Homebuilt Controls

Discussion in 'FAQs' started by CharlesH., Jan 30, 2006.

  1. CharlesH.

    CharlesH. Member

    I was reading a book called "Building A Model Railroad With Personality" (the saga of a western layout named the Jerome & Southwestern) and at some point, the author points out a small handbuilt walkaround control built from an article in an out of print book (ar at least I assume it's out of print, considering the dates). I always wanted one of these handheld contraptions to run my trains, but I want to build it myself for a number of reasons. Has anyone ever attempted this? Would it be practical to transplant the contents of an older transformer to a small handheld unit?
  2. nachoman

    nachoman Guest

    i did, years ago...

    as far as transplanting the controls - not worth your time. what you don't want inside your handheld unit is any high voltag ac/transformers, anything that gets too hot, or anything too heavy. Ripping the controls out of another power pack (say, a MRC) is going to be more work than building one yourself.

    A standard DC powerpack needs 3 basic parts - the 12v DC power supply, the throttle, and the reversing switch. The throttle and the reversing switch can be mounted in the handheld unit, and the 12 power supply under the layout. With a little electronics knowledge, a 12v power supply is easy. A transformer, a bridge rectifier, some filtering capacitors, and a fuse. The throttle can be simple or difficult, but will require a potentiometer (variable resistor) a transistor or two, and a few other small electronic parts. The reversing switch is also easy.... The simplest circuit that I have seen (and built myself) was in a mid 70s MR...I have it somewhere.

  3. ezdays

    ezdays Out AZ way

    Several years ago I found a couple of sites that had schematics for throttles with hand-held walkaround capability. I believe one used the output of a power pack, another included the power circuit as well. I decided against doing it, even though I have a pretty well stock of parts and the ability to do it, I just thought I couldn't put one in a package as nice as the MRC Tech4 supplies, and I'd rather spend my time working on my layout.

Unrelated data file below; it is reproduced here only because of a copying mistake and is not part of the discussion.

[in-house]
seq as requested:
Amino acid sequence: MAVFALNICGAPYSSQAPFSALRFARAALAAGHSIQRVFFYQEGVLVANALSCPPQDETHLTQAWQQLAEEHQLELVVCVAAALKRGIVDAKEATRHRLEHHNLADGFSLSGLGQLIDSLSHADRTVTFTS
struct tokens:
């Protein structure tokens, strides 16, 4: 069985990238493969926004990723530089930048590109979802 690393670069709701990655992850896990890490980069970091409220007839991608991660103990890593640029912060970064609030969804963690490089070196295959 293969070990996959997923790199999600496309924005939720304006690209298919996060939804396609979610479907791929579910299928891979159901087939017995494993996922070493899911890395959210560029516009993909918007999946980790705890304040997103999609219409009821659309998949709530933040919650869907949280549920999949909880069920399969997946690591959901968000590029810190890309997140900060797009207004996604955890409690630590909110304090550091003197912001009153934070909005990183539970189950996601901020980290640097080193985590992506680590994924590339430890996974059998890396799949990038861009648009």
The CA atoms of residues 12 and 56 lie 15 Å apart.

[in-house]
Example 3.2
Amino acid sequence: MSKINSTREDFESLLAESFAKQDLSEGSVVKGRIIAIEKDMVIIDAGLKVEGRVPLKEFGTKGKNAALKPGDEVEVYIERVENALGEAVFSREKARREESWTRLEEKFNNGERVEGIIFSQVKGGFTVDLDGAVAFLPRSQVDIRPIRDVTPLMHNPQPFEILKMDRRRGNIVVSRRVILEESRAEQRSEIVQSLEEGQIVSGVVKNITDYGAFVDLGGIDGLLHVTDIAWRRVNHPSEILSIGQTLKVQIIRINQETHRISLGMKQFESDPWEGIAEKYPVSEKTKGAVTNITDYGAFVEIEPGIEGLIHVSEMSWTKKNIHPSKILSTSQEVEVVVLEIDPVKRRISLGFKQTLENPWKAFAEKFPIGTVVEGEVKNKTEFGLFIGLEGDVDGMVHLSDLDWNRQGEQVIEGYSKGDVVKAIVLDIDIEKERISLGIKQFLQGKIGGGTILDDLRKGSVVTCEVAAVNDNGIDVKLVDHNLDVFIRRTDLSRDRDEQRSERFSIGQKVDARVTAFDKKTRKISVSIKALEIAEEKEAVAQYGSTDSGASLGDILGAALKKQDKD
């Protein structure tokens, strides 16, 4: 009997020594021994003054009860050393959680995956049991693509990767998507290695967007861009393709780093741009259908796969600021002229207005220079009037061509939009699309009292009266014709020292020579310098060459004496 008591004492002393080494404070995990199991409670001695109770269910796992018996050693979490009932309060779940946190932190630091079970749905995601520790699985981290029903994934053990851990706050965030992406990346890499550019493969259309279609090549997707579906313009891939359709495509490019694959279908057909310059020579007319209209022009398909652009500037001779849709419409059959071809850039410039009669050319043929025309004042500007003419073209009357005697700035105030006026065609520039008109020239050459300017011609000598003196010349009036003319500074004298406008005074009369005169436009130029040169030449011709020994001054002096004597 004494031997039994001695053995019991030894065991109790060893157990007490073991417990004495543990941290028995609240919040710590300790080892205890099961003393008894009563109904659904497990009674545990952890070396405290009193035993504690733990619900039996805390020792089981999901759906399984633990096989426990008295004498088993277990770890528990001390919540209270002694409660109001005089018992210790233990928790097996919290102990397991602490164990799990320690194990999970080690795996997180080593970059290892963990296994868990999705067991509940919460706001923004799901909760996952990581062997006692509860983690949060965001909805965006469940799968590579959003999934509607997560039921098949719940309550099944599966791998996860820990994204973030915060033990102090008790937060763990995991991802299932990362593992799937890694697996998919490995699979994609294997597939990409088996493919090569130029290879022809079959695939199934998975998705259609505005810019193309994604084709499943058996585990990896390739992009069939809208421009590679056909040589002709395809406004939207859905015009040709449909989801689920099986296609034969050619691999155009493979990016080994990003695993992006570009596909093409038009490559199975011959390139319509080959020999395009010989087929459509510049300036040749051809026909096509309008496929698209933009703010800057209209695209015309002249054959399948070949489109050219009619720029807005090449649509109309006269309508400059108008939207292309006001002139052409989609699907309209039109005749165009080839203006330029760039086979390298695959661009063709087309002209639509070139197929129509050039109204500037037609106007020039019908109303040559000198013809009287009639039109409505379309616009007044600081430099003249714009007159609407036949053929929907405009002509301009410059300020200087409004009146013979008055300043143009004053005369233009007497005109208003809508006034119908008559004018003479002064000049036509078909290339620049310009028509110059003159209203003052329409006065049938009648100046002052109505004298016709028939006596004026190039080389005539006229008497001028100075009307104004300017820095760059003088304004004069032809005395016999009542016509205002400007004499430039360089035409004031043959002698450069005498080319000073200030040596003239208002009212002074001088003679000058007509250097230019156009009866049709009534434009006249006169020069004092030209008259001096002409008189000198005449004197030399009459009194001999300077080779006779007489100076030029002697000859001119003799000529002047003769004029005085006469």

If you want to take a look at those sites, I'll see if I can find the links to them, but they may not exist now since that had to be well over three years ago.

    As Kevin says, you really have to be careful that there is nothing but low power DC in any hand-held unit.
  4. 60103

    60103 Pooh Bah

    Charles: Was that Peter Thorne's book? I have a copy downstairs.
    I have a number of portable throttles, including a pair marketed by Thorne. They all attach to a transformer (I mostly use old Lionel or the AC from a power pack). The throttles contain a rectifier, a few transistors and other electronic things, a potentioneter to control the transistors and a DPDT reversing switch. Some have extra bits for braking.
    Worst problem is that power is limited by the cable (usually old telephone cable or such). I've seen some where there is a base unit that handles the heavy power and the throttle justs controls the transistors in the base unit. It also needs a switch to control a relay for reversing.
  5. CharlesH.

    CharlesH. Member

    60103 - According to what's left of my book, it is Peter Thorne's Practical Electronics Projects For Model Railroaders.

    Just for adding a bit of interest to the subject, one of the reasons (if not the only one) I want to build my own controllers is to give my layout a "vintage" look, even to the technical parts. I want the graphics and the controls to look like the ones a modeller would have used in the 1940's. It may sound a tad nuts, but that's the way I want it
  6. JAyers

    JAyers Member

    This is the link you want: DC Throttles.

    I priced the parts out and for the throttle only version (You supply the power from another powerpack) an it appears to be about $12-15 in parts. Just don't get your parts from Radio Shack, they cost about twice as much as other discount electronics suppliers. I could find all but one of the relays at other places.

    Since you can use whatever materials for the case, polished brass, bakelite enclosures, wood, steel, paint you can make it look however you want.


Share This Page